What to See in England
By Gordon Home
Public Domain Books
THE HOME OF CHARLES DICKENS
=How to get there.=–Train from Victoria or Holborn Viaduct. South-Eastern and Chatham Railway. =Nearest Station.=–Rochester. (Gad’s Hill lies 1-1/2 miles from Rochester). =Distance from London.=–31 miles. =Average Time.=–Varies between 1 and 1-1/2 hours.
1st 2nd 3rd =Fares.=–Single 5s. 4d. 3s. 4d. 2s. 8d. Return 9s. 4d. 6s. 8d. 5s. 4d.
=Accommodation Obtainable.=–At Rochester–"King’s Head Hotel," “Royal Victoria Hotel,” “Bull Hotel,” “Royal Crown Hotel,” etc. =Alternative Route.=–Train from Charing Cross, Cannon Street, or London Bridge. South-Eastern and Chatham Railway.
Mr. Latham, the present occupier, kindly admits visitors on Wednesday afternoons.
Lovers of Charles Dickens naturally have a pleasure in seeing the places near Rochester so familiar to them through his works. A mile and a half from this ancient city with its cathedral and castle is Gad’s Hill Place, where the great author resided from 1856 till the day of his death in 1870. When Dickens was a small boy the house had always a curious interest for him, for he thought it the most beautiful house he had ever seen. His father, then living in Rochester, used to bring him to look at it, and used to tell the little fellow that if he grew up to be a clever man he might own that or another such house. Gad’s Hill Place is a comfortable old-fashioned house, built, it is said, about 1775. Facing it is a shrubbery containing huge cedars. This was connected with the grounds opposite by an underground passage still existing, and here Dickens erected a châlet given to him by his friend Mr. Fechter, in which he worked till the time of his sudden death. Gad’s Hill had a peculiar fascination for Dickens, for it was on the highway there that he obtained his wonderful insight into the character and manners of the various tramps and showmen he portrays in his books.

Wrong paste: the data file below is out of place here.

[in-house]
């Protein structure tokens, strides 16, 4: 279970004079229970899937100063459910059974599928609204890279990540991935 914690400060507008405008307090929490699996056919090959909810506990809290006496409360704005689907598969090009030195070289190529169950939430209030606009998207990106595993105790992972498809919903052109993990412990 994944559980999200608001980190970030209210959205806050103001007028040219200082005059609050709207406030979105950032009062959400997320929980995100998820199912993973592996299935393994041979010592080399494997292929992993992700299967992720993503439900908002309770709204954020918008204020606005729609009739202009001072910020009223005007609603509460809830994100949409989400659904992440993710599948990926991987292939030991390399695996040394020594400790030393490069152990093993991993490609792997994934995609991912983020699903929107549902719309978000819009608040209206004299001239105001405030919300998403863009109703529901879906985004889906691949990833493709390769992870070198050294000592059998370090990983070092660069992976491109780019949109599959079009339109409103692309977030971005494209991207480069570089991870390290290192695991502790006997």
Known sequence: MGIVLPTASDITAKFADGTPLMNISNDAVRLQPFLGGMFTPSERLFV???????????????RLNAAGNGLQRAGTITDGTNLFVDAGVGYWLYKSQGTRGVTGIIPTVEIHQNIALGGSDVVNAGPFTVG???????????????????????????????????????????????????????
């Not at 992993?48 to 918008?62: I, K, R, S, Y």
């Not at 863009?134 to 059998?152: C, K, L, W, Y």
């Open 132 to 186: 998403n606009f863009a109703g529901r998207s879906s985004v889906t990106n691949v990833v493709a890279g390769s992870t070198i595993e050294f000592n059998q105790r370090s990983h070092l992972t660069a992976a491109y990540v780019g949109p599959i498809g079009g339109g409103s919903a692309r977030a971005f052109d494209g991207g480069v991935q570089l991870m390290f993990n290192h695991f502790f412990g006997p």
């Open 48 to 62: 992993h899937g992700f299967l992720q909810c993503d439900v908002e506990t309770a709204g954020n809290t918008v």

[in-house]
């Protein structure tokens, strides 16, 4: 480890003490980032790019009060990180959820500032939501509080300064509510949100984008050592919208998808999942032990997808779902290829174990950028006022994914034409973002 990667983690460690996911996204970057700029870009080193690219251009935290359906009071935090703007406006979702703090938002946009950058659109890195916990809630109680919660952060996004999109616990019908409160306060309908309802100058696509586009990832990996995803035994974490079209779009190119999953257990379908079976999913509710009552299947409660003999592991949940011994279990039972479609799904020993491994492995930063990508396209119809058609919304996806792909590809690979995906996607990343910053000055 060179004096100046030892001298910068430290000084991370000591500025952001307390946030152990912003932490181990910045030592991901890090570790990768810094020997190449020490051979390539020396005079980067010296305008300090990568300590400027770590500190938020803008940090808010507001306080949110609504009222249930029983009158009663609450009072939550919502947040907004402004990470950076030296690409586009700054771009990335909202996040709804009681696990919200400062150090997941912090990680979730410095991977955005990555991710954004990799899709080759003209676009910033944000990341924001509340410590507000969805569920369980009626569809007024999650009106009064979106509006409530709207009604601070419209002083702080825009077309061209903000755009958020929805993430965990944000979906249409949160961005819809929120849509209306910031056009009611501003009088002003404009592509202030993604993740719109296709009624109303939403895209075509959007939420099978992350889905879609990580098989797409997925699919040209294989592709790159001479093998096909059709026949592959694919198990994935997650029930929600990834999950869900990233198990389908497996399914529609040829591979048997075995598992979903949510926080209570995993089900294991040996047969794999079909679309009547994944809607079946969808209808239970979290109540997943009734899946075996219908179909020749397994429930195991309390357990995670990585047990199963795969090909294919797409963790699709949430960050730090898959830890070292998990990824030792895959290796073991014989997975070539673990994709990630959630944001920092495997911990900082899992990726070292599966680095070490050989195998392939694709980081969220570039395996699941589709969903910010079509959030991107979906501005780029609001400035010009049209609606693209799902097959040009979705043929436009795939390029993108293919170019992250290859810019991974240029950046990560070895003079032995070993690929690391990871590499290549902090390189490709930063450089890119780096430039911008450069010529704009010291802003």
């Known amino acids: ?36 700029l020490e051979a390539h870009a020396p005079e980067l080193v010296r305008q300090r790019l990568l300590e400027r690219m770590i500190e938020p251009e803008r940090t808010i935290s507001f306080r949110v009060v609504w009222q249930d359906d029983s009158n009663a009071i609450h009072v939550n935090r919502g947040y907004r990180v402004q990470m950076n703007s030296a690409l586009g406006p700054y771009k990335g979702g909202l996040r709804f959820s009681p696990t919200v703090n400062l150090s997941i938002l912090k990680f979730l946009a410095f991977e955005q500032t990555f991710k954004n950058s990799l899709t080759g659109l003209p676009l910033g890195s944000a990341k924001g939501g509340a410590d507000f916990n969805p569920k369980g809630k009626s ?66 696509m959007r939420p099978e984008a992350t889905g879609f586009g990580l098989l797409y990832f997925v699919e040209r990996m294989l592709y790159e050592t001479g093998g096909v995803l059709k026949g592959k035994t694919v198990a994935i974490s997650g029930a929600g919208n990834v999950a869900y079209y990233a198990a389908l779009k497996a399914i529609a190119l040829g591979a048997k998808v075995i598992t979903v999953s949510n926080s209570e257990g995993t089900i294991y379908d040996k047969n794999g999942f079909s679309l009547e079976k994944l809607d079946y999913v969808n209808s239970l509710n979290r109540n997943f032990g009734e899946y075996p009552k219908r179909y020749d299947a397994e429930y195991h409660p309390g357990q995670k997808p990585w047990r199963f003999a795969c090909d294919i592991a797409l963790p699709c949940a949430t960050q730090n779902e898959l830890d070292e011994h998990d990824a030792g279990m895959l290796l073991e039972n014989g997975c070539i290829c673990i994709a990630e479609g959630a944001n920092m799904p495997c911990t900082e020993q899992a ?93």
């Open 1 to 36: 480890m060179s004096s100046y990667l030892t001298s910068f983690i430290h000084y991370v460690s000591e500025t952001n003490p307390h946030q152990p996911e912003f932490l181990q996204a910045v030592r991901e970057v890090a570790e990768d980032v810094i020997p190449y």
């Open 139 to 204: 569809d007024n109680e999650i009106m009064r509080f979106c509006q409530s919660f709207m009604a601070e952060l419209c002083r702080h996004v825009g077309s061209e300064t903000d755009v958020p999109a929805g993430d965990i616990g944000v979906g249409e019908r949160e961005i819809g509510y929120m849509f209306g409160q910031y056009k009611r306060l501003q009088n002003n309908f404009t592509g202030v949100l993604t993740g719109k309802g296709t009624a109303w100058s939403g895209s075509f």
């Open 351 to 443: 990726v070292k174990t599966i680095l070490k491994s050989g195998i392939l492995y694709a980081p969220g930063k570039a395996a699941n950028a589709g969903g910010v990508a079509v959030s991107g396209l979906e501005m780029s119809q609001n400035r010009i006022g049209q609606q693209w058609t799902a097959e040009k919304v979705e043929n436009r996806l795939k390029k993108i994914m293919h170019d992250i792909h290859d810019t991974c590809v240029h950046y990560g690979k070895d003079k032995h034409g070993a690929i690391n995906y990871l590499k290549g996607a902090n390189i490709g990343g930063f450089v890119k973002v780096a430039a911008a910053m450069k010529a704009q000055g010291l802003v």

Dickens liked nothing better than taking his friends over this district. He thought the seven miles between Rochester and Maidstone one of the most beautiful walks in England. Dickens would compress into infinitely few days an enormous amount of sight-seeing and country enjoyment: castles, cathedrals, lunches and picnics among cherry orchards and hop-gardens.
[Illustration: Photochrom Co., Ltd. GAD’S HILL PLACE, NEAR ROCHESTER.
The home of Charles Dickens.]